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Title: Understanding the role of Merkel cell polyomavirus oncoproteins in the cellular transformation of mammalian Merkel cells
Author: Knight, Laura M.
ISNI:       0000 0004 5363 4234
Awarding Body: University of Leeds
Current Institution: University of Leeds
Date of Award: 2014
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Merkel cell carcinoma (MCC) is a highly aggressive skin cancer of neuroendocrine origin with a high propensity for metastasis through the dermal lymphatic system. In 2008, Merkel cell polyomavirus (MCPyV) was discovered monoclonally integrated within the host genome of more than 80% of MCC tumours. MCPyV is known to contribute to the transformation and maintenance of MCC tumour cells through the expression of the Large and Small Tumour (LT and ST) antigens. To date, a number of mechanisms by which MCPyV T antigen expression promotes cell transformation and viral replication have been elucidated. Although, no studies have addressed the molecular mechanisms associated with MCPyV T antigen expression and the highly aggressive, metastatic nature of MCC. Herein, a quantitative proteomic approach has been used to identify cellular proteins and gene ontology pathways that are differentially expressed upon MCPyV ST expression. This highlighted that MCPyV ST expression promotes the upregulation of cellular proteins involved in microtubule-associated cytoskeletal organisation and dynamics. Further analysis, has demonstrated that MCPyV ST promotes cell motility, migration and invasion and that MCPyV ST-induced microtubule destabilisation is fundamental for this phenotype. Bioinformatical analysis highlighted the upregulation of stathmin, a microtubule destabilising protein, which is required for MCPyV ST-induced cell motility. Furthermore, through protein interaction studies and cell motility assays, the cellular phosphatase catalytic subunit PP4C has been implicated in the regulation of this process. Herein, these findings present the first study into the metastatic nature of MCC and the underlying mechanisms by which MCPyV T antigen expression can promote cell migration. This in turn should allow for enhanced therapeutic studies and chemotherapy regimes, in order to improve current treatments of MCC.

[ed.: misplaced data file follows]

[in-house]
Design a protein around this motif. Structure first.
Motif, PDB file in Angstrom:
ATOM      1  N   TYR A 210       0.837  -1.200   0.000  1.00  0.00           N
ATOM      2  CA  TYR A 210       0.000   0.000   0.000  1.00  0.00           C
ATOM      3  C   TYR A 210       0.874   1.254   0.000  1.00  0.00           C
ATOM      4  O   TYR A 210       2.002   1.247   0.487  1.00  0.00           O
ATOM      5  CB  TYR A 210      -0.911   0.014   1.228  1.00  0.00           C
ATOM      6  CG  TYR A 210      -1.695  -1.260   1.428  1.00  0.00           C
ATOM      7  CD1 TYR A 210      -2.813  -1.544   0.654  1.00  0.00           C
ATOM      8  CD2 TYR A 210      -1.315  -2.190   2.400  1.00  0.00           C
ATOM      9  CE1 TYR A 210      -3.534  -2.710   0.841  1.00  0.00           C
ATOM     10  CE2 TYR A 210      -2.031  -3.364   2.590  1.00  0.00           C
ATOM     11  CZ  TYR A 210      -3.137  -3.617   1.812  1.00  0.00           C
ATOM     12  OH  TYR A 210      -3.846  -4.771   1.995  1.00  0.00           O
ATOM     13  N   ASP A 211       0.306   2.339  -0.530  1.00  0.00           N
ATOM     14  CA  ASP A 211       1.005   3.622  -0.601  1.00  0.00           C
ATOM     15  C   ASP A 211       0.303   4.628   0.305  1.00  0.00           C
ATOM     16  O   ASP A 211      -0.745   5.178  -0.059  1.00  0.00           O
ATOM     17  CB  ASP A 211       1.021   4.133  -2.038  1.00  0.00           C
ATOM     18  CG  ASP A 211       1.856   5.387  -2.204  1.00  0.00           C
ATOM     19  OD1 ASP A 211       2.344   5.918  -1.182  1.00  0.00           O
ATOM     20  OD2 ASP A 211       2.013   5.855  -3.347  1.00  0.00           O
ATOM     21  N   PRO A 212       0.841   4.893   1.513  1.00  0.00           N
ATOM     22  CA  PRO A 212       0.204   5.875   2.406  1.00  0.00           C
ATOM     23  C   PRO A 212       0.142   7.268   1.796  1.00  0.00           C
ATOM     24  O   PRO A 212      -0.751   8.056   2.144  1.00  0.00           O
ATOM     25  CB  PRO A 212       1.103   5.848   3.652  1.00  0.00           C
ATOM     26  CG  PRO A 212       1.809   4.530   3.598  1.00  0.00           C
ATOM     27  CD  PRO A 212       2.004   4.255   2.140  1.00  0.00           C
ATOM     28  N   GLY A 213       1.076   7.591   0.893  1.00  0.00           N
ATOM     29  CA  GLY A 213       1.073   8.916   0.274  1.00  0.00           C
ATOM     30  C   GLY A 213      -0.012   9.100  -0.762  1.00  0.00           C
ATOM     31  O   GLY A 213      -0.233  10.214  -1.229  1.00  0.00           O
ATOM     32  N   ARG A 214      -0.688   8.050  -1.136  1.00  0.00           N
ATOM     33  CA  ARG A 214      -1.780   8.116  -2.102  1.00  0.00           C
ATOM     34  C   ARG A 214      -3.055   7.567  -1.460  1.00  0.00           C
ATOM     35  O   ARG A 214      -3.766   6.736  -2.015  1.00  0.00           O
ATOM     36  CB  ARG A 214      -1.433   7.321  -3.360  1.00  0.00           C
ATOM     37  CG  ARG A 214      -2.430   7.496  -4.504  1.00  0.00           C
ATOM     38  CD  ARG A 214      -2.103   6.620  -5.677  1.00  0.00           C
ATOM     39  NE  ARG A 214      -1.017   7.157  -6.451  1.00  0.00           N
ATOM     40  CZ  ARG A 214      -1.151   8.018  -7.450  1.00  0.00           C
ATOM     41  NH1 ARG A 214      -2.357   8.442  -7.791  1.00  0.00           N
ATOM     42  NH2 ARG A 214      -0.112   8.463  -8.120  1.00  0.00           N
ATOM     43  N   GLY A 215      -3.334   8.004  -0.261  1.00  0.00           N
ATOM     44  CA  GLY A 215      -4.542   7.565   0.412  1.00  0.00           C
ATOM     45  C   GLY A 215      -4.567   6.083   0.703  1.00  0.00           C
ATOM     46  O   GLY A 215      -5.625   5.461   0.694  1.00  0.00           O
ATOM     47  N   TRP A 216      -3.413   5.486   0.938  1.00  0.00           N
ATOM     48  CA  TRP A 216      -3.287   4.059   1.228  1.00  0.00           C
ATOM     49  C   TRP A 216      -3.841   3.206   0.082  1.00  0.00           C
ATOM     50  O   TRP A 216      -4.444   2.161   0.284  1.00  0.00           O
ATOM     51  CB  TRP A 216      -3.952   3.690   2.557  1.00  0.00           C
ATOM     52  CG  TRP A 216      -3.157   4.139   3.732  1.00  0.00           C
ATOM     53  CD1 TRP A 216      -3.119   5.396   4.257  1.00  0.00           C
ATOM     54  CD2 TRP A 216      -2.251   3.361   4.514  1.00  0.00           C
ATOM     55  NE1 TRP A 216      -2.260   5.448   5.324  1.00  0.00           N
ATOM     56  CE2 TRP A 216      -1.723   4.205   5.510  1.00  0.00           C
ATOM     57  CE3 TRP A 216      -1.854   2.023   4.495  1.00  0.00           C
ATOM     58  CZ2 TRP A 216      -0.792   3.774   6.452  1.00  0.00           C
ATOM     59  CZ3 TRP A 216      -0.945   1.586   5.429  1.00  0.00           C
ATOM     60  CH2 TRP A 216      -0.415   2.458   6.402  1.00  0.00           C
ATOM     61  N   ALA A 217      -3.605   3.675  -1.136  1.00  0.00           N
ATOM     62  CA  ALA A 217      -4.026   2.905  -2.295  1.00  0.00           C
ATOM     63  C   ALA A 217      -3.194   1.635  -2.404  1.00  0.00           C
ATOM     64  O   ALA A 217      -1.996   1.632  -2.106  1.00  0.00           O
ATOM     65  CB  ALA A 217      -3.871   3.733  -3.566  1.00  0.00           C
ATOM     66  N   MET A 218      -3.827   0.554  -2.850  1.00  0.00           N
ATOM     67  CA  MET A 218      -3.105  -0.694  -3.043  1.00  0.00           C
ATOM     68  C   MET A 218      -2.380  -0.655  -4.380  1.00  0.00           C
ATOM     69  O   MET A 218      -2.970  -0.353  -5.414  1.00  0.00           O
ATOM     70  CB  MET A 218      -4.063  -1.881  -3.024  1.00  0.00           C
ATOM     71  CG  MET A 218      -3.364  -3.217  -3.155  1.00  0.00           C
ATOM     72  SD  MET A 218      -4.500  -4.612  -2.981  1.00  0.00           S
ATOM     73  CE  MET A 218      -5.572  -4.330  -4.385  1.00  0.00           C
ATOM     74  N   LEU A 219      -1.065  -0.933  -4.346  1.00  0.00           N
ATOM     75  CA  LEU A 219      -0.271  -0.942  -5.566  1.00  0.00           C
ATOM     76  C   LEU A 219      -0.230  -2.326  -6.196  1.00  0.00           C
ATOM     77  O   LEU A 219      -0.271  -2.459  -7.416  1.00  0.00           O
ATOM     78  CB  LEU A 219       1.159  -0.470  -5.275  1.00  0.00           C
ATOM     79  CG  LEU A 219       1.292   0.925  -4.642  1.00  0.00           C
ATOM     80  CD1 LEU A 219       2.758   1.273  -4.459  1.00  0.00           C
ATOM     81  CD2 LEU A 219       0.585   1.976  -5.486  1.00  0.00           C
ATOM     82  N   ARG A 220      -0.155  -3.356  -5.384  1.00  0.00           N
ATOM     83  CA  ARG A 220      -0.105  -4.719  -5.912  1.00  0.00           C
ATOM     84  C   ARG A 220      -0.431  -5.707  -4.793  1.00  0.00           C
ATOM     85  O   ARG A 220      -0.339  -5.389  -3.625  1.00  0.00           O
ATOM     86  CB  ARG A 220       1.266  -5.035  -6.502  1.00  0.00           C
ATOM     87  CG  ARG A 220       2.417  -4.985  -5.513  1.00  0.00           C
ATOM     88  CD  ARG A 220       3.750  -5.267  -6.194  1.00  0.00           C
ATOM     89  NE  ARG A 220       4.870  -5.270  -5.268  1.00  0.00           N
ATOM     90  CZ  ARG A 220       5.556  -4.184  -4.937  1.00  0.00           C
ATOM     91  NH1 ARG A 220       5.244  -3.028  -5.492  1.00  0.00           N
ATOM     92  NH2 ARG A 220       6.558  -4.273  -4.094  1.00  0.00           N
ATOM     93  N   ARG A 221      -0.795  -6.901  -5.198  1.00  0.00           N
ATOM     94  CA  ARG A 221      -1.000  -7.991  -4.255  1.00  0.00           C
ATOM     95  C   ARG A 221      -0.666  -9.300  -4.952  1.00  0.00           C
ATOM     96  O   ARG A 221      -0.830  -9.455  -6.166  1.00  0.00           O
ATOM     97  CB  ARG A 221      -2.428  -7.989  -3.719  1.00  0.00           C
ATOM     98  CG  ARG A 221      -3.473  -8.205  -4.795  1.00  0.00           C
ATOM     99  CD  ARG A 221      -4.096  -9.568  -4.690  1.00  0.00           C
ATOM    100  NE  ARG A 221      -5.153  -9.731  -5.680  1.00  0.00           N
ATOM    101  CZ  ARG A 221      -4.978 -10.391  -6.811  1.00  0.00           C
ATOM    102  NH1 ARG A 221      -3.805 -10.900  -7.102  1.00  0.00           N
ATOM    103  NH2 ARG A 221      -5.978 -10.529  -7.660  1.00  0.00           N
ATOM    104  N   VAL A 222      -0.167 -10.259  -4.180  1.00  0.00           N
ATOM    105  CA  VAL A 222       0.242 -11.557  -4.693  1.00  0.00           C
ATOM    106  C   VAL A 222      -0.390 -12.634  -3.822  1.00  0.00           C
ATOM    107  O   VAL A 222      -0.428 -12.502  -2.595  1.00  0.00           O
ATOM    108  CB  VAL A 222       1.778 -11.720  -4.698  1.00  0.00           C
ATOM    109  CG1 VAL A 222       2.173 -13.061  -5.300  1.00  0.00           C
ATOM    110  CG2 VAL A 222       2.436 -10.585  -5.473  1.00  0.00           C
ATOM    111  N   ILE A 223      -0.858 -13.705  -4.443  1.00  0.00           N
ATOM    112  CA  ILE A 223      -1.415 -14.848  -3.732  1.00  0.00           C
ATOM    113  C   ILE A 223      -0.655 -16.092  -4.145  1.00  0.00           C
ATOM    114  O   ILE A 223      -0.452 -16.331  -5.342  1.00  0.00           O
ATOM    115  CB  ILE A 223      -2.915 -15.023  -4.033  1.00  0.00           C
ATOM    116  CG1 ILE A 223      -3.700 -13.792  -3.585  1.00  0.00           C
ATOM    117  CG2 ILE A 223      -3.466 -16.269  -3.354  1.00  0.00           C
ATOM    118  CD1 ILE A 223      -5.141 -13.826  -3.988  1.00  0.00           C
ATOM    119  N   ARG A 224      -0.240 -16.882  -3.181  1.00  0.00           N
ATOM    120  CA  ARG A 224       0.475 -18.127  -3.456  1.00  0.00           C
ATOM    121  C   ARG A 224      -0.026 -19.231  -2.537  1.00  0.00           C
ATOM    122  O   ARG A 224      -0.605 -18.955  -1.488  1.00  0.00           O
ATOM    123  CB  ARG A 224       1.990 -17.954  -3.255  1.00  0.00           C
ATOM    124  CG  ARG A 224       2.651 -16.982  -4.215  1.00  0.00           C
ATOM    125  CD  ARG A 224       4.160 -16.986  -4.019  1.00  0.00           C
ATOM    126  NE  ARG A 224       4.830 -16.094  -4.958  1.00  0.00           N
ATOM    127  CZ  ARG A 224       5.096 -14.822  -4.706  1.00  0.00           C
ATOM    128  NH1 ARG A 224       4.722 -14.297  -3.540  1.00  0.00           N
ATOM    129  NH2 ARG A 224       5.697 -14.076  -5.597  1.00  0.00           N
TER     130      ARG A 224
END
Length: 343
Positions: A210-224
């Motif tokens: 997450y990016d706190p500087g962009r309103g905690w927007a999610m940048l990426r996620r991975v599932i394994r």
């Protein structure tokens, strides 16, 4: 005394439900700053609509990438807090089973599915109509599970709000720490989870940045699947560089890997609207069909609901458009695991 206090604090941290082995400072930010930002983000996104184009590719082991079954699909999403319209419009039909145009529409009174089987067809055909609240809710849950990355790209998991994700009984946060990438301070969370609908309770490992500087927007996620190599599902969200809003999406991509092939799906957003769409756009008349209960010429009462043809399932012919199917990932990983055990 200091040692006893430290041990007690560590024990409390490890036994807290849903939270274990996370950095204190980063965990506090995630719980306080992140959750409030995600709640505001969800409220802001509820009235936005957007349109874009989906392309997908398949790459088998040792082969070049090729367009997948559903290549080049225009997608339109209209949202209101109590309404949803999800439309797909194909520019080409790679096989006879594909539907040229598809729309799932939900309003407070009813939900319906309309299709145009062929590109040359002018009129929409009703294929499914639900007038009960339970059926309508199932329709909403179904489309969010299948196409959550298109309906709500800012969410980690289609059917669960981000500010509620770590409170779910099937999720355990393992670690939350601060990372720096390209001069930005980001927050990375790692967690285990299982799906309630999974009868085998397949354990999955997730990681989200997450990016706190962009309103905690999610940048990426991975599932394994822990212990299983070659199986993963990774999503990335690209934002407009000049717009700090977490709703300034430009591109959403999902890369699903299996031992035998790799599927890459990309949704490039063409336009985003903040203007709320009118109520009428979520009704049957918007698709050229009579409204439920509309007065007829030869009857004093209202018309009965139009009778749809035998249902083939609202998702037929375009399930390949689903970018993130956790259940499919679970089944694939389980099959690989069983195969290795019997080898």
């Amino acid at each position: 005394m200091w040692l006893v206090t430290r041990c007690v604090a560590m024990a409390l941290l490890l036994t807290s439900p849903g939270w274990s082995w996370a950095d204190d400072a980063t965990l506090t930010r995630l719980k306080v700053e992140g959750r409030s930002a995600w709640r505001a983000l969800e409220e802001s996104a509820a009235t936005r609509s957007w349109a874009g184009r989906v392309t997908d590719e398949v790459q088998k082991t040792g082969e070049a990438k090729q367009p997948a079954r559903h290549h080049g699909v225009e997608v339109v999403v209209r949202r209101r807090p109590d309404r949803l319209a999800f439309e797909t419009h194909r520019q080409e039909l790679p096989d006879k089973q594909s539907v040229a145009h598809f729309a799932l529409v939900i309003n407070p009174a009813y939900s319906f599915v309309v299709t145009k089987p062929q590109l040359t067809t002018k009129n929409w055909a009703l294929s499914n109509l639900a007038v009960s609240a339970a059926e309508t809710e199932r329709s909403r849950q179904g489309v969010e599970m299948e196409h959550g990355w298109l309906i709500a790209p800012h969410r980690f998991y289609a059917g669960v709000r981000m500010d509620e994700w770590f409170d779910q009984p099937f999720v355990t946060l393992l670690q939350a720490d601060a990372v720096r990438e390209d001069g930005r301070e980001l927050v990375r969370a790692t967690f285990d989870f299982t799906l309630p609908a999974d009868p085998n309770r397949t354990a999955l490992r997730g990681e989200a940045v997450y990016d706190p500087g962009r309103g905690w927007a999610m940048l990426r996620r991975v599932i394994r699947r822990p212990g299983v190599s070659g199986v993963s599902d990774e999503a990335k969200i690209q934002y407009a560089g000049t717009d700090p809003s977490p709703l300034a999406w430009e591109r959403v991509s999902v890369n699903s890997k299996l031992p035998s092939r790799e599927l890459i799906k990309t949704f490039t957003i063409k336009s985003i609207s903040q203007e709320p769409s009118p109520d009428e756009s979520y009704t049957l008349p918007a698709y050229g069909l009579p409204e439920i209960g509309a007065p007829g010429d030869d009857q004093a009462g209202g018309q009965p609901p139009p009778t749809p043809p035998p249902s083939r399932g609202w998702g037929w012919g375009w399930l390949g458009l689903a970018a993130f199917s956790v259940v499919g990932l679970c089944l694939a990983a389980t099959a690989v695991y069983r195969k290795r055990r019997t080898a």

Supervisor: Whitehouse, Adrian Sponsor: Not available
Qualification Name: Thesis (Ph.D.) Qualification Level: Doctoral
EThOS ID:  DOI: Not available